'Dark Knight': What the early reviews say
This may be one of those instances where it seems advisable to whole-heartedly believe the summer blockbuster hype. We sorted through the major reviews available ahead of this weekend’s highly-anticipated release of director Christopher Nolan‘s The Dark Knight, and at this point, there is almost unanimous praise for the flick, which stars Christian Bale as Batman and the late Heath Ledger as the Joker. Critics are saying that Knight blows away Nolan’s 2005 attempt, Batman Begins, and several claim that Ledger has turned in the greatest Joker portrayal ever.
So is this the best Batman movie of all time? Read why EW’s Owen Gleiberman gives The Dark Knight an A-, and the scorecard of the other major critics who’ve weighed in below.
THE HOLLYWOOD REPORTER
”Batman flies around the skyscrapers of Gotham and Hong Kong, rips through any number of villains with his martial arts, tears through streets in his armor-clad, two-wheeled Bat-Pod, and has more tech backup than James Bond. While all modern movie action is visual-effects driven, the stunt work in Dark Knight looks like it’s happening on the streets and not in a computer.” — Kirk Honeycutt
”There’s not a touch of lightness in Bale’s taut, angst-ridden superhero, and as the two-and-a-half-hour movie enters its second half, the unvarying intensity and the sometimes confusing action sequences take a toll.” — David Ansen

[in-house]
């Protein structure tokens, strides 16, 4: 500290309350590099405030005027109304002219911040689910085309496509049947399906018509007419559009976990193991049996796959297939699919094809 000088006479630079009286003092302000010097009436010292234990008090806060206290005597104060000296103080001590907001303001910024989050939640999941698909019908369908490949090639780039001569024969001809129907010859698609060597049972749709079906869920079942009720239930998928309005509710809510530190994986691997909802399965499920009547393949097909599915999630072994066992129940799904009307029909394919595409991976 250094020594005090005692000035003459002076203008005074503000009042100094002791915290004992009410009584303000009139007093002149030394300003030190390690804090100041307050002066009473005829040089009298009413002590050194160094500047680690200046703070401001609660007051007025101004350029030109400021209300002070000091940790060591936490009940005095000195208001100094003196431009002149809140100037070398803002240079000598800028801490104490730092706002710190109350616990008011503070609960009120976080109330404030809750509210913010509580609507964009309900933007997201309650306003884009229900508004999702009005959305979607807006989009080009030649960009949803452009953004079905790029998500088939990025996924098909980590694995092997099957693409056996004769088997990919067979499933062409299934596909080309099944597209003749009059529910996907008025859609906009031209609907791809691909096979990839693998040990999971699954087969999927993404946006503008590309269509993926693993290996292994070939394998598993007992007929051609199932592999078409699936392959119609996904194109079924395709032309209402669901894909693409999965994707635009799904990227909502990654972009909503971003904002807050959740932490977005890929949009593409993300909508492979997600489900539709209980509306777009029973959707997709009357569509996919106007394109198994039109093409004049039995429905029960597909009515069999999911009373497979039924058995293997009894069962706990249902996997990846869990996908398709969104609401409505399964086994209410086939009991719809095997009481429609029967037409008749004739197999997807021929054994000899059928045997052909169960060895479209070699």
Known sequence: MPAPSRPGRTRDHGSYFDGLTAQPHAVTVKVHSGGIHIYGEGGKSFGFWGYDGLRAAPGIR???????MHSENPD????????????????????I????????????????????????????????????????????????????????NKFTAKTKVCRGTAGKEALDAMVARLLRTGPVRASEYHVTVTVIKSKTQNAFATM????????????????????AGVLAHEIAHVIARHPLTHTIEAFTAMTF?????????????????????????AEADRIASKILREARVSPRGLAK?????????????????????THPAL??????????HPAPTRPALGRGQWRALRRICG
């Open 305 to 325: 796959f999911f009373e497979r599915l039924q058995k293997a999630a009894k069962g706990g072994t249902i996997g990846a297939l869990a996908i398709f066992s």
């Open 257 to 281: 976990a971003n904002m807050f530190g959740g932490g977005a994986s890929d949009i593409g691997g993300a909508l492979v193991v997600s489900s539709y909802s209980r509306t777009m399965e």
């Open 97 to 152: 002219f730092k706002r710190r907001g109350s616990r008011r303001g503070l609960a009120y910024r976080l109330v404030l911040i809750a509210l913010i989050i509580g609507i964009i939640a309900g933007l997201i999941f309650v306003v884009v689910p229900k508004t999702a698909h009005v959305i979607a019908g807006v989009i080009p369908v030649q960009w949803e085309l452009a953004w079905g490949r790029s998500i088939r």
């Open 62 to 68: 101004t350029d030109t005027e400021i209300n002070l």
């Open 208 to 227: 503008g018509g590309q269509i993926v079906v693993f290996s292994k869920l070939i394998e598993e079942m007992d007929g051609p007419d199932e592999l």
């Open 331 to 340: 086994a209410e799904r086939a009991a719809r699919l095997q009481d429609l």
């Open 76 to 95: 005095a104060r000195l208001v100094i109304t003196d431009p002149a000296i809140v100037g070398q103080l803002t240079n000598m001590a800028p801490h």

Verdict: 3.5 of 4 stars
”I can only speak superlatives of Ledger, who is mad-crazy-blazing brilliant as the Joker. Miles from Jack Nicholson’s broadly funny take on the role in Tim Burton’s 1989 Batman, Ledger takes the role to the shadows, where even what’s comic is hardly a relief. — Peter Travers
”With little humor to break the tension, The Dark Knight is beyond dark. It’s as black — and teeming and toxic — as the mind of the Joker. Batman Begins, the 2005 film that launched Nolan’s series, was a mere five-finger exercise. This is the full symphony.” — Richard Corliss
”One of the few action filmmakers who?s capable of satisfying audiences beyond the fanboy set, Nolan honors his serious themes to the end; he bravely closes the story with both Gotham City and the narrative in tatters, making this the rare sequel that genuinely deserves another.” — Justin Chang